Split builds over slots

Dynamics change with O'Malley's proposal for vote

General Assembly Special Session

October 27, 2007|By Greg Garland | Greg Garland,Sun reporter

The 50 or so people who found their way to a West Baltimore church for an NAACP forum on legalizing slot machines one night this week held divided views on that issue and were equally passionate in expressing them.

In arguments Maryland legislators are certain to hear during a special session that starts Monday, anti-slots speakers at the National Association for the Advancement of Colored People forum argued that slots prey on the poor and working people, are a corrupting political influence and, once introduced, will be impossible to contain.

"What slots bring to an area are payday loan places that charge 40 to 50 percent interest, pawnshops, prostitution, crime," warned Del. Curtis S. Anderson, a Baltimore Democrat.

But a contingent of union representatives at the forum wearing yellow "Slots Equal Jobs" T-shirts countered that slots casinos would create thousands of jobs, and that, in any event, Marylanders already cross the borders into West Virginia, Delaware and Pennsylvania to gamble.

"It's a lot of good-paying jobs," said Ernie Greco, head of the Baltimore chapter of the AFL-CIO. "It's jobs for us."

While the arguments might be familiar after five years of slots debates in Annapolis, the dynamics changed yesterday when Gov. Martin O'Malley, a Democrat, called for a November 2008 referendum on legalizing slot machine gambling as part of his plan to close Maryland's $1.7 billion budget shortfall.

O'Malley's proposal calls for voters to decide whether to allow up to 15,000 machines in the state.

The governor has recommended allowing slots at five locations -- one each in the counties of Anne Arundel, Cecil, Worcester and Allegany, and in Baltimore City.

The only racetracks covered by the plan would be Laurel Park in Anne Arundel and Ocean Downs in Worcester.

The proposed Baltimore site would be within a half-mile of Interstate 95 and Route 295, and not within a quarter-mile of residential property. That means that slots would not be placed at Pimlico Race Course.

The legislation requires a three-fifths' vote but would seem to have a good chance at passage since Democrats hold majorities in both houses of the General Assembly, and polls suggest broad public support for legalizing the devices.

Outspoken slots opponents such as state Comptroller Peter Franchot, a Democrat, conceded before yesterday's announcement that they face a tougher fight than in past years, when Republican Gov. Robert L. Ehrlich Jr. was the chief backer of slots.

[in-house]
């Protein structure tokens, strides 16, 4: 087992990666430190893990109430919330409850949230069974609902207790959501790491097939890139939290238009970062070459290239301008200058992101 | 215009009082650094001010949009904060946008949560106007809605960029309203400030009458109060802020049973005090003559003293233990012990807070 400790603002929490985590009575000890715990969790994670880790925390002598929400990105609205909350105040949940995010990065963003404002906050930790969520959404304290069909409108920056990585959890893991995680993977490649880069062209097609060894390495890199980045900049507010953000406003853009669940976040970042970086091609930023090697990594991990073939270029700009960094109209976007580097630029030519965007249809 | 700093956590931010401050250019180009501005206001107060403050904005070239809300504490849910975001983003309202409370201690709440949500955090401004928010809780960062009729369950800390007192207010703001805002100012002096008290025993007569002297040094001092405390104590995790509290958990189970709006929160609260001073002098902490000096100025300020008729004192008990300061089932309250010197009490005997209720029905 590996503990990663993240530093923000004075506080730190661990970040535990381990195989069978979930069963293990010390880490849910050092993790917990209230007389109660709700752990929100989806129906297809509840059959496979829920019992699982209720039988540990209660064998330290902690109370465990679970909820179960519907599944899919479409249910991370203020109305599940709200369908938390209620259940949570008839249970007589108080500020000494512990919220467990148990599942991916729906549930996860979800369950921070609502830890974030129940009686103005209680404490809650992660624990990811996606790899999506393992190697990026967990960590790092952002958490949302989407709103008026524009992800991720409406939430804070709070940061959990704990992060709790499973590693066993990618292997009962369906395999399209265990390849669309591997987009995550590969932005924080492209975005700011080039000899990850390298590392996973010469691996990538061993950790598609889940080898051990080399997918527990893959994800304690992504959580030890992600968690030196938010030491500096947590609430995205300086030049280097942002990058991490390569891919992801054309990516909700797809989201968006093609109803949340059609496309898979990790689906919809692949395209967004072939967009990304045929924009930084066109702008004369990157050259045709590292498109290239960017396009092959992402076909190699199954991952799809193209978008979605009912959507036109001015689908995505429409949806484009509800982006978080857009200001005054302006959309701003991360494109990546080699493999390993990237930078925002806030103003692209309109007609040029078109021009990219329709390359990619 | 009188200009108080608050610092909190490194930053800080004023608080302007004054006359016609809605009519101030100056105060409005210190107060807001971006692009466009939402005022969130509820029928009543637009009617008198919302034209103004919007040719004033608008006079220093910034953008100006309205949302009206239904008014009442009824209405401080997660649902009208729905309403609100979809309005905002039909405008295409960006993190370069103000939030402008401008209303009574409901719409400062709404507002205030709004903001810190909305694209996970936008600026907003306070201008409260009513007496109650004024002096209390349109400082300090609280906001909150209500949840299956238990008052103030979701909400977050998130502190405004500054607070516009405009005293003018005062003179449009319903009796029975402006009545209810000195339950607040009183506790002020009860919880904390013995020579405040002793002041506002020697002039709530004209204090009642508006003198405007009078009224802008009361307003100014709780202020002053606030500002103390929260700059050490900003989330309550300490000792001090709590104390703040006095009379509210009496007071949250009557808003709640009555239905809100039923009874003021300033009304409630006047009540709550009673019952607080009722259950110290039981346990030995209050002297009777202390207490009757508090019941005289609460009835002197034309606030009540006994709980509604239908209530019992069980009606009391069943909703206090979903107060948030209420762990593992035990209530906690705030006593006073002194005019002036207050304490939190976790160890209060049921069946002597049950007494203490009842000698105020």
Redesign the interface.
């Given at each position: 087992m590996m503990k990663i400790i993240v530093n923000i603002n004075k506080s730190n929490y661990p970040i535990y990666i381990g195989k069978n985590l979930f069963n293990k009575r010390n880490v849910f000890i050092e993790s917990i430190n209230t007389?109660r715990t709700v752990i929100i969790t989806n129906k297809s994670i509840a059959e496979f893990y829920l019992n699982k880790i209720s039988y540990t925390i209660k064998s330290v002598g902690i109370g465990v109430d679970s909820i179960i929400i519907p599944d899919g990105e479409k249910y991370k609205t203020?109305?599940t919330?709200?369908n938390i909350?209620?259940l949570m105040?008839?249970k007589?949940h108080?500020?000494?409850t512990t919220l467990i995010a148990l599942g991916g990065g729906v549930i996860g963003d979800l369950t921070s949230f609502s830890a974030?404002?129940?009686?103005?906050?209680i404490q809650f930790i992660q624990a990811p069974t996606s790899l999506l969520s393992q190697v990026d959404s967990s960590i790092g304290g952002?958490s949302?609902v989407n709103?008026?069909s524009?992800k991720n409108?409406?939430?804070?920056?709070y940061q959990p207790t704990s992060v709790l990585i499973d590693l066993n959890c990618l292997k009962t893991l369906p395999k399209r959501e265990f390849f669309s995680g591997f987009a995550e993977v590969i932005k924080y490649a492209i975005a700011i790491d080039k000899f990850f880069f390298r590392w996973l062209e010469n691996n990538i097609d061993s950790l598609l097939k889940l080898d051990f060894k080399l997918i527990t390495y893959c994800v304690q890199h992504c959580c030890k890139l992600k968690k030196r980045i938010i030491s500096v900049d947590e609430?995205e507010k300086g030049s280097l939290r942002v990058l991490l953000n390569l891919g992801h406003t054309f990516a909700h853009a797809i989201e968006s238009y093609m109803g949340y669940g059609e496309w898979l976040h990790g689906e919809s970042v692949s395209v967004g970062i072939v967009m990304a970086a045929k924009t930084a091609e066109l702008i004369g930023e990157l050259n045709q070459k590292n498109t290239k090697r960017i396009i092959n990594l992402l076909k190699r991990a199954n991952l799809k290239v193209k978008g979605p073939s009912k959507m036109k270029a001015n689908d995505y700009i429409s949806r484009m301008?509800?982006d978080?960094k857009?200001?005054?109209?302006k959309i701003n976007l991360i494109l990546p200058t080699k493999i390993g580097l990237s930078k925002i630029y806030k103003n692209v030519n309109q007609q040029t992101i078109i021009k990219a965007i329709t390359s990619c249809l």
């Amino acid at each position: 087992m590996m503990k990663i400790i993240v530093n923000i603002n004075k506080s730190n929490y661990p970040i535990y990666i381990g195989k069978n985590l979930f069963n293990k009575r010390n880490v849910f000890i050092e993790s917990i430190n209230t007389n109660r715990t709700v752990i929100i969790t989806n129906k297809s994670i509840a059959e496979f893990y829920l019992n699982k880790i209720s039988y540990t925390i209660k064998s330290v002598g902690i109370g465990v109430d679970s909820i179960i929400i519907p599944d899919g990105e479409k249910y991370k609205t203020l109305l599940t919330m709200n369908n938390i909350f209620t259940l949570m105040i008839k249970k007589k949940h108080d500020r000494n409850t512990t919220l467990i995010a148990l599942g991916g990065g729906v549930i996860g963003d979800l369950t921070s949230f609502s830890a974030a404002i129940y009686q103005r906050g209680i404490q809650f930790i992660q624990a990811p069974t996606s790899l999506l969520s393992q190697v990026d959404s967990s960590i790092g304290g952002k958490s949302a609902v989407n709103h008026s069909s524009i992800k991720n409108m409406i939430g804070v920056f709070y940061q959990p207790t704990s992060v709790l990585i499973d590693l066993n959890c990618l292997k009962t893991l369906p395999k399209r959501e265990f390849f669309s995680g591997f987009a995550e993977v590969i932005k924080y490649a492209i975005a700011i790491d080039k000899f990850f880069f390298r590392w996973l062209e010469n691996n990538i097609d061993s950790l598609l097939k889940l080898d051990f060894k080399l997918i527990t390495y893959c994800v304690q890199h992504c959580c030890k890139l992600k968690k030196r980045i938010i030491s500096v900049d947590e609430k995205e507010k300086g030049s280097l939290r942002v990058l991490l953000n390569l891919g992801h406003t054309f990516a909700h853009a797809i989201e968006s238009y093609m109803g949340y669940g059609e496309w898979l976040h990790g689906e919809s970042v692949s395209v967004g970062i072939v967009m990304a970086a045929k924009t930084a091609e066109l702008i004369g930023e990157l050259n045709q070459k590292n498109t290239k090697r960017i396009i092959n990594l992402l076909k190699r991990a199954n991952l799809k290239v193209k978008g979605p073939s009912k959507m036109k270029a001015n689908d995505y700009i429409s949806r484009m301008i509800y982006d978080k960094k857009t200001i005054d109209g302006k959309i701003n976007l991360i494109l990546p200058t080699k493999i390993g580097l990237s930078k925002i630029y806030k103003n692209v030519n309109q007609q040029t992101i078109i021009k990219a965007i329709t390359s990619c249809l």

"This year, the devil really is at the door," Franchot told a group of African-American ministers and other slots opponents at an anti-slots rally yesterday at Payne Memorial African Methodist Episcopal Church in Baltimore. "The other side has never been stronger."

But, he said, opponents have found a way each year to keep slots out, despite conventional wisdom that their legalization was inevitable.

"This is not a done deal," he said.

And ballot measures to allow slot machines or casinos often fail, experts have said.

Opponents have been working in recent days to mount organized opposition to slots in the special session; supporters, including horse racing interests, labor unions and others are more quietly organizing their own effort behind the scenes to help get a slots bill passed.

"I expect there will be a large number of people in Annapolis [on] Monday evening, and union members will certainly be part of that," said Fred D. Mason Jr., president of the Maryland State and District of Columbia AFL-CIO.

The Maryland Jockey Club, for example, plans to cancel live racing this Friday to allow employees, horsemen and racing fans to rally in Annapolis in support of bringing slot machines to Maryland.

The Rev. Gregory B. Perkins, chairman of a committee on slot machines and casino gambling for the Interdenominational Ministerial Alliance of Baltimore and Vicinity, vowed to wage an equally aggressive fight against slots.

"Gambling is a menace to society, and make no mistake about it: If slot machine gambling is legalized in Maryland, casinos will soon follow," Perkins said. "This would be deadly to the best interest of the moral, social, economic and spiritual life of any community, and it is destructive of good government."

Rick Abbruzzese, a spokesman for O'Malley, said that polls show there is "broad, statewide support" for a slots program to help solve the state's budget problems.

"Good people can disagree on this issue," Abbruzzese said. "The governor respects their [opponents'] position, and he has a different position."

O'Malley's election has altered the political dynamics of the slots debate in one respect: Republicans who lined up behind Ehrlich's slots proposals aren't automatic votes in favor of an O'Malley slots plan.

Del. Christopher B. Shank, minority whip in the House of Delegates, said O'Malley is trying to use a slots referendum bill as a way to "sugar-coat" and get passed his proposed income, sales and other tax increases.

Shank said Republicans aren't going to vote in special session for "a bill that will enable O'Malley to raise taxes and would be bad slots legislation."

And while likely to lose Republican support for slots, O'Malley could find it hard to convince fellow Democrats who opposed slots under Ehrlich to support them.

Anderson said residents of his East Baltimore district are solidly against slots.

"We don't need to import any problems," he said.greg.garland@baltsun.com

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